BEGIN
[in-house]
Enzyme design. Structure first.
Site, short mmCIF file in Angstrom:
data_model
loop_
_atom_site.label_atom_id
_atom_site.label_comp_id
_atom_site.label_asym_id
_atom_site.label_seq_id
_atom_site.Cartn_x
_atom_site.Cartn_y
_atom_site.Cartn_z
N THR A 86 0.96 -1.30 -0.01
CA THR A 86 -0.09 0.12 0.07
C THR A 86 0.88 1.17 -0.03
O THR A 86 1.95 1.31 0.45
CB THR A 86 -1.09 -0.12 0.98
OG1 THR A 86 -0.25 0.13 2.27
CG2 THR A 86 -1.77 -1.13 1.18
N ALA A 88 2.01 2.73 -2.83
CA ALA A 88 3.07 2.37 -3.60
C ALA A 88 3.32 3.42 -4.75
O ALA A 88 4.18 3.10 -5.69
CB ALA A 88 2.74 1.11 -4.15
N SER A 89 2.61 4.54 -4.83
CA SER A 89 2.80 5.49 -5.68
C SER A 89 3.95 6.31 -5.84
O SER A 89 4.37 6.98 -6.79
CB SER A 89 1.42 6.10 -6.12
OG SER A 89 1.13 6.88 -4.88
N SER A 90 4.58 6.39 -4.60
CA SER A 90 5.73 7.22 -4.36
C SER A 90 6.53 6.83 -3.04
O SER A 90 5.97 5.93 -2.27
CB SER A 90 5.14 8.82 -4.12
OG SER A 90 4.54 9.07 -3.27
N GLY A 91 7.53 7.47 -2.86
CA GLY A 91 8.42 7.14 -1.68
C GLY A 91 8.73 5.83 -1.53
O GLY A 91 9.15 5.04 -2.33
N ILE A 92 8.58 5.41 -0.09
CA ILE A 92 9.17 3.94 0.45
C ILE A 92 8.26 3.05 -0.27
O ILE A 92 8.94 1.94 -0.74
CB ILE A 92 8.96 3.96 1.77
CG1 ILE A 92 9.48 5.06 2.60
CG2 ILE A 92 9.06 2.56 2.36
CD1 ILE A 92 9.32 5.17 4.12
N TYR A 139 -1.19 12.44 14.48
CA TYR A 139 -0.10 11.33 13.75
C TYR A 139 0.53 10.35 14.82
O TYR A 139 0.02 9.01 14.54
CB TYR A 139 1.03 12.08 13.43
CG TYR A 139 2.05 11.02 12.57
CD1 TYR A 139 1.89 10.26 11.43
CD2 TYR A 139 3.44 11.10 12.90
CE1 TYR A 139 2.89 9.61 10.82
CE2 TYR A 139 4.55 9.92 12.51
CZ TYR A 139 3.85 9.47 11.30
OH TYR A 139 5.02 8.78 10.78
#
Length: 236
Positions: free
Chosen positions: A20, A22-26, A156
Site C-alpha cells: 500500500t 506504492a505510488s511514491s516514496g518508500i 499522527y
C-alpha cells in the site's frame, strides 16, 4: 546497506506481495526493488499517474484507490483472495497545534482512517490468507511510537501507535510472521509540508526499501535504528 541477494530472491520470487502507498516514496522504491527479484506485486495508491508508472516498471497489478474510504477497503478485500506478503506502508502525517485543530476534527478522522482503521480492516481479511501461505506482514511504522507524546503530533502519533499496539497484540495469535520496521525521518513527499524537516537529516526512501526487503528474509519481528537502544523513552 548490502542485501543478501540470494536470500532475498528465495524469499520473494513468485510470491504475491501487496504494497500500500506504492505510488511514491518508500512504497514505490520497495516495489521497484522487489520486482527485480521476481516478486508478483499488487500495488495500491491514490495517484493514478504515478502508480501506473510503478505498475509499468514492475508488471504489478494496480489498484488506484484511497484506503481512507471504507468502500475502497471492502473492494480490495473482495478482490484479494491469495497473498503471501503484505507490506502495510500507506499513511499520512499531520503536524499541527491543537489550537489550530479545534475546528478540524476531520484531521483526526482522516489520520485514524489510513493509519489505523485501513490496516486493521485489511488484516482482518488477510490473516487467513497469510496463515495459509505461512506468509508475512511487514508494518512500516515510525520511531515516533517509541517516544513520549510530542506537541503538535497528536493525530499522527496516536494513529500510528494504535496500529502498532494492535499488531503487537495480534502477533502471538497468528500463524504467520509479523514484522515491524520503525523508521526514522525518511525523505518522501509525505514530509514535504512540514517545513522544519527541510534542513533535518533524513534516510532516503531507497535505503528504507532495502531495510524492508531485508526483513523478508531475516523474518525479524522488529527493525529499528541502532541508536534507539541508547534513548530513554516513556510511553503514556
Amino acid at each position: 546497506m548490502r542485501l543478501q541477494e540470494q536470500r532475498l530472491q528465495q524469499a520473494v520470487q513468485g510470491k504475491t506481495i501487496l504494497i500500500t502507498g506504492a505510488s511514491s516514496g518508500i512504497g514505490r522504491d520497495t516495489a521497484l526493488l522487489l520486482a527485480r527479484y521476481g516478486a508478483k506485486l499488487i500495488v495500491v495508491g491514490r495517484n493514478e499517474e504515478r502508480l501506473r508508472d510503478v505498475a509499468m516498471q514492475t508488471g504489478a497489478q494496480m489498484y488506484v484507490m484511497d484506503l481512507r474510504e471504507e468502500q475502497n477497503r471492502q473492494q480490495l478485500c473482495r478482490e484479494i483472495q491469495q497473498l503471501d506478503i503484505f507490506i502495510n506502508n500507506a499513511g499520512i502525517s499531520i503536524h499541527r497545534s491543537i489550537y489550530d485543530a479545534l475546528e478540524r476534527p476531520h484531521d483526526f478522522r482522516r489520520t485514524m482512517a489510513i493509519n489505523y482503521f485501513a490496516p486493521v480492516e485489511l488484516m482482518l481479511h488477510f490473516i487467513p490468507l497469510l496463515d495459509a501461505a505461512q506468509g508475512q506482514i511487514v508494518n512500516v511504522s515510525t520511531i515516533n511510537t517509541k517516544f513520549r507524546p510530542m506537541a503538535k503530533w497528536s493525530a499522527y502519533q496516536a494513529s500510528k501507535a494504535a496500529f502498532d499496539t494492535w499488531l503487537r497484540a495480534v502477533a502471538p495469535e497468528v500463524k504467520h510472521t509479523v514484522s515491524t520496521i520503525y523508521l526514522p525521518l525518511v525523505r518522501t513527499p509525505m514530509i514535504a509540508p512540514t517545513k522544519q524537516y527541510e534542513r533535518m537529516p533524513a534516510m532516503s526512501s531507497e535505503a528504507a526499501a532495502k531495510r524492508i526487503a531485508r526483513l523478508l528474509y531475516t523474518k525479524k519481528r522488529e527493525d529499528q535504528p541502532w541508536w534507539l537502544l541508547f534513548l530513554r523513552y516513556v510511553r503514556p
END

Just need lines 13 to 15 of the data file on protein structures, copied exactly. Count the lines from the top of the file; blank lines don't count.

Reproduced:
N THR A 86 0.96 -1.30 -0.01
CA THR A 86 -0.09 0.12 0.07
C THR A 86 0.88 1.17 -0.03